A whimper crawls out of my mouth, but it dies in the current. Once again, I find myself shoulder to shoulder with John, but there’s no cheering him up this time. Instead, I’m almost positive we’re going to die. And in the meantime, I think I’m crushing his hand. I try to loosen my fingers, but they won’t budge. All I can do is twist my neck and rest my forehead against his shoulder.Isqueeze

my eyes shut, and wait for it to end—either us or the storm.

Greg is with his people now, and there’s still just John and me against the wall. Frozen. Both chests heave as we wait for the all-clear.

Seconds pass. And then minutes. Finally, I have the courage to say something. “What the fuck was that?” I ask John, my voice cracking on the way out. My eyes sting from the dirt kicked up by the storm. They’re too dry to even form tears.

“Still.” Suddenly, I’m defensive of this stranger lying on the ground. “It sucks. I don’t even know the guy, and I think it’s terrible.”

“That’s your adrenaline,” a voice says behind me. The guy who called me sweetheart. Ugh.

I take a step away from the wall, and it feels like my body has welded itself together. All of my joints hurt; everything is stiff. It takes more effort than it should to turn around and face John. “Are you all right?”

He shrugs, indifferent. “We’ve lost three people since I joined a few months ago. You don’t get attached anymore.”

I whip toward John, my mouth hanging open, ready to argue with him too, but his face says it all. He’s still staring at the guy, jaw twitching from how hard he clenches his teeth, and a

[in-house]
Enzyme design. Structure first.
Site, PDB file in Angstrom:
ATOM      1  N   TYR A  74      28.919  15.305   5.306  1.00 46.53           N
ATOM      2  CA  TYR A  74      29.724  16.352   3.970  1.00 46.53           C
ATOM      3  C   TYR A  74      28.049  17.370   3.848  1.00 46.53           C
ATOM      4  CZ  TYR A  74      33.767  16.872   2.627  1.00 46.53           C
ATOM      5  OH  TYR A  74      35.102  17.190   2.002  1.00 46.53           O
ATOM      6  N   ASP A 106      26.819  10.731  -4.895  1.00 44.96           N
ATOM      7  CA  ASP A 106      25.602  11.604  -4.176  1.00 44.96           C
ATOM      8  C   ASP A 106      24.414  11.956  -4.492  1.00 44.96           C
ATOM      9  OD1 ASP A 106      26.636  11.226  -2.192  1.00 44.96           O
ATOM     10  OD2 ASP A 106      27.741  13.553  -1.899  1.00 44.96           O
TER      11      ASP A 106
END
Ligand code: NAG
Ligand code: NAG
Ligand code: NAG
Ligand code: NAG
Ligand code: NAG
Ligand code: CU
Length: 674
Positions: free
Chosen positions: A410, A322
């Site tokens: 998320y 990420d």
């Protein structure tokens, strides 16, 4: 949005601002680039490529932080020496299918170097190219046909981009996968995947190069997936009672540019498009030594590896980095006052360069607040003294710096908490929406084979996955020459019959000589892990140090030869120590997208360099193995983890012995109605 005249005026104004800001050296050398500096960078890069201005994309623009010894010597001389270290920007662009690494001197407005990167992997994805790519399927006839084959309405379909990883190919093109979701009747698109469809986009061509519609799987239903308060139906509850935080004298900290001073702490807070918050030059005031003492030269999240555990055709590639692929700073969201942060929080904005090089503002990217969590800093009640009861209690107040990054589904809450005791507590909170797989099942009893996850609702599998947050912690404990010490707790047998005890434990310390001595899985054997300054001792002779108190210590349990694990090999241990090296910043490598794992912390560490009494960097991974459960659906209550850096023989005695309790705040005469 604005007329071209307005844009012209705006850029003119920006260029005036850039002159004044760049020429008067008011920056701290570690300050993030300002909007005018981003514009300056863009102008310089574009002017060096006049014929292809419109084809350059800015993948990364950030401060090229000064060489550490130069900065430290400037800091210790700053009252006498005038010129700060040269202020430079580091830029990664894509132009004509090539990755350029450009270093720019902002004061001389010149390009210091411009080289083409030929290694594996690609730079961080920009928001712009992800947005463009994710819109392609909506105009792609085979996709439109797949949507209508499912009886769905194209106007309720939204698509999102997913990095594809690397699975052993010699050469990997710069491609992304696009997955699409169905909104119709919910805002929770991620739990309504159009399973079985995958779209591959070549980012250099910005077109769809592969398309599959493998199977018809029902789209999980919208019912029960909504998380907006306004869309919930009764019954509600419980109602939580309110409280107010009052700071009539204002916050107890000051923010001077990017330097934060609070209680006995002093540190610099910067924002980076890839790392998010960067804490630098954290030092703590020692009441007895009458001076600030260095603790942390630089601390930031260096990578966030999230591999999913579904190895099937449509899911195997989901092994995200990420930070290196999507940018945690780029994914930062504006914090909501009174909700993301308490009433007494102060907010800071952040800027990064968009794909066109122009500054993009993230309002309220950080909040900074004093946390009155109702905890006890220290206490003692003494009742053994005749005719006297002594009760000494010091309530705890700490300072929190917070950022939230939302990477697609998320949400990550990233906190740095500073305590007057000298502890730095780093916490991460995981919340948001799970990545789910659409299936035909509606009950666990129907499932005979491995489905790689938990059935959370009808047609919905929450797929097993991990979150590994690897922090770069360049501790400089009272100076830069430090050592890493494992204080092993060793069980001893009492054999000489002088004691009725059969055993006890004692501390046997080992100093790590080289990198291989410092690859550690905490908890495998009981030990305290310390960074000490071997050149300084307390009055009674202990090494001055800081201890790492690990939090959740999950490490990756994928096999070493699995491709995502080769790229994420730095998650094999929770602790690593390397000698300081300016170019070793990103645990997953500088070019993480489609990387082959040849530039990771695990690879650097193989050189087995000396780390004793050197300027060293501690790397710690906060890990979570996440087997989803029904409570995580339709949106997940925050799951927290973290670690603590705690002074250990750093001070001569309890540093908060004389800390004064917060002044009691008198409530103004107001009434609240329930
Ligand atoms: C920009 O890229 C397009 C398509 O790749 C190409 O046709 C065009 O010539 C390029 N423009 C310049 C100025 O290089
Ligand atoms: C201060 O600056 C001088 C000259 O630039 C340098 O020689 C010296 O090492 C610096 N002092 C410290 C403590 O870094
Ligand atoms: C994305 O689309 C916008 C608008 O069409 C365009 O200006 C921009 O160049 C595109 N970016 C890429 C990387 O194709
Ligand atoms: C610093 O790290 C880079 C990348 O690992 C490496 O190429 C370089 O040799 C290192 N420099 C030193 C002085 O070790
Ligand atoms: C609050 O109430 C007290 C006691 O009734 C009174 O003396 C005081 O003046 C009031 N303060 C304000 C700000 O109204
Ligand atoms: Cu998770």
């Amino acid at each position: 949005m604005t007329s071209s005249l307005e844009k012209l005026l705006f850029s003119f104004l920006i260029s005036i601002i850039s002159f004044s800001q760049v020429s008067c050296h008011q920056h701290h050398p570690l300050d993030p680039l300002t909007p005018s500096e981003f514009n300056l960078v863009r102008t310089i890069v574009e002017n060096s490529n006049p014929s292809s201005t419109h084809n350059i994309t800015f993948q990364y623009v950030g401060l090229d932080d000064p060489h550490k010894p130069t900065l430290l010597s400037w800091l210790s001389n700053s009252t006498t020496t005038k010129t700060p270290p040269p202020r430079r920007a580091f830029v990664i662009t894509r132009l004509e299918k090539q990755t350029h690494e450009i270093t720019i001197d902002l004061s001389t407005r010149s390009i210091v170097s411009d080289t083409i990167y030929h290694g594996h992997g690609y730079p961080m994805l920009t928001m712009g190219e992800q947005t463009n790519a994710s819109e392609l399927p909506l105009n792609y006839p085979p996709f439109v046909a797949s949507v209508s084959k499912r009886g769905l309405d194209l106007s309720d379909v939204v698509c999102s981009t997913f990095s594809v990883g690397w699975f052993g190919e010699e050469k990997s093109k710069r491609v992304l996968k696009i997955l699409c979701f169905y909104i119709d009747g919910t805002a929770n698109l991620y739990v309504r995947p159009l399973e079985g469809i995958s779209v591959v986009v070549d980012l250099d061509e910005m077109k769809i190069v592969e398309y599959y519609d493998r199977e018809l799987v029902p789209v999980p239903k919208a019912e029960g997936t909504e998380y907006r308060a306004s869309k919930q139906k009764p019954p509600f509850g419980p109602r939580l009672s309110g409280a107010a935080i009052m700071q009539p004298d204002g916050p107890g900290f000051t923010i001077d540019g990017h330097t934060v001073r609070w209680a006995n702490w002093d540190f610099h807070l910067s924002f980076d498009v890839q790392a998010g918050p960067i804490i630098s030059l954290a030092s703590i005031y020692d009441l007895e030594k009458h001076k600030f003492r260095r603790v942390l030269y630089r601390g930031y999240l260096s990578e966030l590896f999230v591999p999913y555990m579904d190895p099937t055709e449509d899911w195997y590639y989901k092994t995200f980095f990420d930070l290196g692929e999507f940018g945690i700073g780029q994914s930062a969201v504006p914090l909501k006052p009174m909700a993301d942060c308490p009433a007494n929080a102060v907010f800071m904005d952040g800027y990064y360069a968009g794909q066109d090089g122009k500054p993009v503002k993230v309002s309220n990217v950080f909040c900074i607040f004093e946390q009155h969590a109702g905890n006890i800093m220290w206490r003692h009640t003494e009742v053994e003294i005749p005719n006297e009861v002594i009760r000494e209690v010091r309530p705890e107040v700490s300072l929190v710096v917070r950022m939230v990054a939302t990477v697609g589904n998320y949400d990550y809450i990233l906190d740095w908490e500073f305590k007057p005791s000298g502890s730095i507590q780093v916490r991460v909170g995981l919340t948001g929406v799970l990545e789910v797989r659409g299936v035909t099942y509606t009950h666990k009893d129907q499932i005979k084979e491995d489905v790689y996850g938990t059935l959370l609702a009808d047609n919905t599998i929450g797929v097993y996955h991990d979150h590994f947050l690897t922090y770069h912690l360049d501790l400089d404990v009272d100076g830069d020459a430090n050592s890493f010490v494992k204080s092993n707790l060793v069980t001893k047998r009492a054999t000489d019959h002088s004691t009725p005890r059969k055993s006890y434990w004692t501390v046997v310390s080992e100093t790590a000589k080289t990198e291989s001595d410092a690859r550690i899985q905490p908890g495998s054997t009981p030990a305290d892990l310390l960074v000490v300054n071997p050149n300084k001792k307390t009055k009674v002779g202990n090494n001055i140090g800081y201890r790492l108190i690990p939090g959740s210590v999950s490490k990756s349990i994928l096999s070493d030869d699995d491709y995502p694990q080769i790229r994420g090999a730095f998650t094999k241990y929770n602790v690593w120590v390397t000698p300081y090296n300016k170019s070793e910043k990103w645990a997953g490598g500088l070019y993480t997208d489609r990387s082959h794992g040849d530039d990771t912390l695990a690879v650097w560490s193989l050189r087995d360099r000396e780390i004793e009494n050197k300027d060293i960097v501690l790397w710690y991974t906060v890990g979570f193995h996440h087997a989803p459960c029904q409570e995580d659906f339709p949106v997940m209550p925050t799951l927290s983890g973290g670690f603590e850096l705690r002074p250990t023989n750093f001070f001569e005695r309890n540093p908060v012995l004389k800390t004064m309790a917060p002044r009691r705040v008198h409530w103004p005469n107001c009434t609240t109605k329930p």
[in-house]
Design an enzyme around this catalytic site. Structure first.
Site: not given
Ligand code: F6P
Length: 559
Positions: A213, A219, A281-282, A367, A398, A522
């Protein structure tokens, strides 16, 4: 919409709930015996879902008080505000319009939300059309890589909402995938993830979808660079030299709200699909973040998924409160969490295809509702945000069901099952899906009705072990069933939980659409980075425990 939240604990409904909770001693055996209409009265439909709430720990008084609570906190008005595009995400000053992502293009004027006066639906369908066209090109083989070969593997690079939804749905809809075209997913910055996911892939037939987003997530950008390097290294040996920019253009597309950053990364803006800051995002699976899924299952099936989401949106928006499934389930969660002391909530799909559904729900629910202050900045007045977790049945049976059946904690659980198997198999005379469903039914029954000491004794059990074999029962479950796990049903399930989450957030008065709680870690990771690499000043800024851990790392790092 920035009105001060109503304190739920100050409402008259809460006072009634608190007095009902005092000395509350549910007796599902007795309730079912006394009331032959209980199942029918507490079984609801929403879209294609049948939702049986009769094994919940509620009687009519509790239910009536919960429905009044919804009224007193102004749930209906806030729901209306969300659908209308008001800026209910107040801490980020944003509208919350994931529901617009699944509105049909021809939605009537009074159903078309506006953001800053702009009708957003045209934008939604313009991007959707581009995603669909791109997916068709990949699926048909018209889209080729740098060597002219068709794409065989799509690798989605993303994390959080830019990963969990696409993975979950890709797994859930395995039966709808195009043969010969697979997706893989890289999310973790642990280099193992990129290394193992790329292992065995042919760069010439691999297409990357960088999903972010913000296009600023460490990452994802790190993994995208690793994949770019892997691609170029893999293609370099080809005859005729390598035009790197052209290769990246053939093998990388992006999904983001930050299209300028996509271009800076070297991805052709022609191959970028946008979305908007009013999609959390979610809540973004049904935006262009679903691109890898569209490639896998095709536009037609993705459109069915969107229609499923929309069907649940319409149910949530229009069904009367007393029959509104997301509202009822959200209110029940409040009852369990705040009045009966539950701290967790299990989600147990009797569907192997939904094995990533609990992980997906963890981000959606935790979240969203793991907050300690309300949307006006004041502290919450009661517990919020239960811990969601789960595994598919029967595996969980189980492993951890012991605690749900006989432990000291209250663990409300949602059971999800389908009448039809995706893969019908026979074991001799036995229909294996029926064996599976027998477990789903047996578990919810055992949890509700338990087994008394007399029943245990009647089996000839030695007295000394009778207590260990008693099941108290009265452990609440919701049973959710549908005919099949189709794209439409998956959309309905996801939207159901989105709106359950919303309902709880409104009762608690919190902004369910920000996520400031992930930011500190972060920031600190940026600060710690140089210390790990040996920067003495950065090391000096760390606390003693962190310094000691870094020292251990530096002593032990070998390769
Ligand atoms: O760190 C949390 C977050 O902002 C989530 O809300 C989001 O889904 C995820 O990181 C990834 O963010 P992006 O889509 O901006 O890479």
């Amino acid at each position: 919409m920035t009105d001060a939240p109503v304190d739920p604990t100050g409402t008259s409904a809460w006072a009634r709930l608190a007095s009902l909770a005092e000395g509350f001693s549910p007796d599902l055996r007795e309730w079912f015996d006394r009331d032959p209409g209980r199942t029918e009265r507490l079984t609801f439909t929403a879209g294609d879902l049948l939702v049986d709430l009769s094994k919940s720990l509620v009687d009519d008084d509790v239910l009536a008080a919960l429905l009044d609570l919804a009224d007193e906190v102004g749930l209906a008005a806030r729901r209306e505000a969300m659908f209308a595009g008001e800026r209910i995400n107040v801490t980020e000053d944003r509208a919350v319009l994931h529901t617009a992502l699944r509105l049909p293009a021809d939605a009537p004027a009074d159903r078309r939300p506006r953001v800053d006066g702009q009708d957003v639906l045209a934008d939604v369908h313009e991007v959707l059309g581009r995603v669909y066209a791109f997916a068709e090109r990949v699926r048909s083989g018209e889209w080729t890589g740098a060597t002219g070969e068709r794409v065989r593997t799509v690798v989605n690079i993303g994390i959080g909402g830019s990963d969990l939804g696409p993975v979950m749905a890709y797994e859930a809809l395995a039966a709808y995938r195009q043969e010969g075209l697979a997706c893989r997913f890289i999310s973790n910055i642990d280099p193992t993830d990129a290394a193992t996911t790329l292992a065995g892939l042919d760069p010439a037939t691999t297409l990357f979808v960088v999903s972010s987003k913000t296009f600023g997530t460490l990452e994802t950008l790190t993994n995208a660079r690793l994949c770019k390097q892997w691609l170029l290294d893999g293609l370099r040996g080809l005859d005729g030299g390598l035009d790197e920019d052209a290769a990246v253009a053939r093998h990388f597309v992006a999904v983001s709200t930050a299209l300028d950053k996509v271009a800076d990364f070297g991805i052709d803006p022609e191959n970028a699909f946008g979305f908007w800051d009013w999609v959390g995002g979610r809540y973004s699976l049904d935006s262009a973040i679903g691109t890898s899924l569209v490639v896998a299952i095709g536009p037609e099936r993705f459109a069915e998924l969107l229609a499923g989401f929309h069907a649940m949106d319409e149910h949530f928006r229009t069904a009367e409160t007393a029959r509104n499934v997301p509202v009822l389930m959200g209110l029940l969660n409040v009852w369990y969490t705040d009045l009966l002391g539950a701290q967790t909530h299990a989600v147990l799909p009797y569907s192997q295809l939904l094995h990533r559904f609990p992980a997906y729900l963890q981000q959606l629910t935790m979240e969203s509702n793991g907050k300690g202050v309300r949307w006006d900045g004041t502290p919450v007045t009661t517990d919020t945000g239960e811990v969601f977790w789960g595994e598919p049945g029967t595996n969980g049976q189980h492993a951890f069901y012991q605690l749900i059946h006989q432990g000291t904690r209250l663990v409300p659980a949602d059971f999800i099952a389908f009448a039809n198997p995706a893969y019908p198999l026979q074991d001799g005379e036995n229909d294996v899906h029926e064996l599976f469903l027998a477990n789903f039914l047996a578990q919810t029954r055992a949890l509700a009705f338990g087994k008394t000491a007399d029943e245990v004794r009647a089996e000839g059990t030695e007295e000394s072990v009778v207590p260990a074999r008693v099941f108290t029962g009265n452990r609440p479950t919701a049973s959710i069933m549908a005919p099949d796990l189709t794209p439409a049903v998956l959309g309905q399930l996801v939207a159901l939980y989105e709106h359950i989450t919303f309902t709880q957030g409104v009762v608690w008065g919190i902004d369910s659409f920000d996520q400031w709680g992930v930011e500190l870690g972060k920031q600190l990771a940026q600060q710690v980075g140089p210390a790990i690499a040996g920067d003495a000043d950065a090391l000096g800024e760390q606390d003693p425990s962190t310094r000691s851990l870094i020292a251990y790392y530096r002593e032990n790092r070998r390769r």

His wandering gaze meets mine before he swallows hard, his Adam’s apple bobbing. “Uhm, yeah, physically? I’m fine. Are you?”


“I “Youguess.”guess?” My hands shake at the thought of a human life meaning so little, but before I can say any more, John stops me. “Leave it.”

Nodding, I give myself a once over. “I think so? I think I tensed up too much there. It feels like I was hit by a truck.”

“Is your friend all right?” I ask, ignoring his statement. “I don’t think so.” His voice is so sure it’s off-putting. “Oh. Uh… I’m sorry.”

“Let’s go!” Greg bellows from the street corner, about thirty feet away. He and Shawna are propping the purple bandana—now turning a sickening brownish red—guy up between them. He has one leg bent, his foot lifted into the air, and his face is covered in dirt and mud. A stream of blood trickles down his temple. “We need to find shelter,” Greg calls out. We make our way toward him, the wind a soft breeze toying with my hair. I give one last glance at the person on the ground, unmoving. His soft smile disappeared. It’s not the first time I’ve seen a dead body, especially lately, but it’s the first time they were alive five minutes ago and now gone, right before my eyes.


At least I know all their names now. Too late for Anthony, but I promise myself that I won’t forget him. That I’ll write his name down. What if that’s us tomorrow? Are they going to just leave me in the street? Move on until the last one of us takes our dying breath?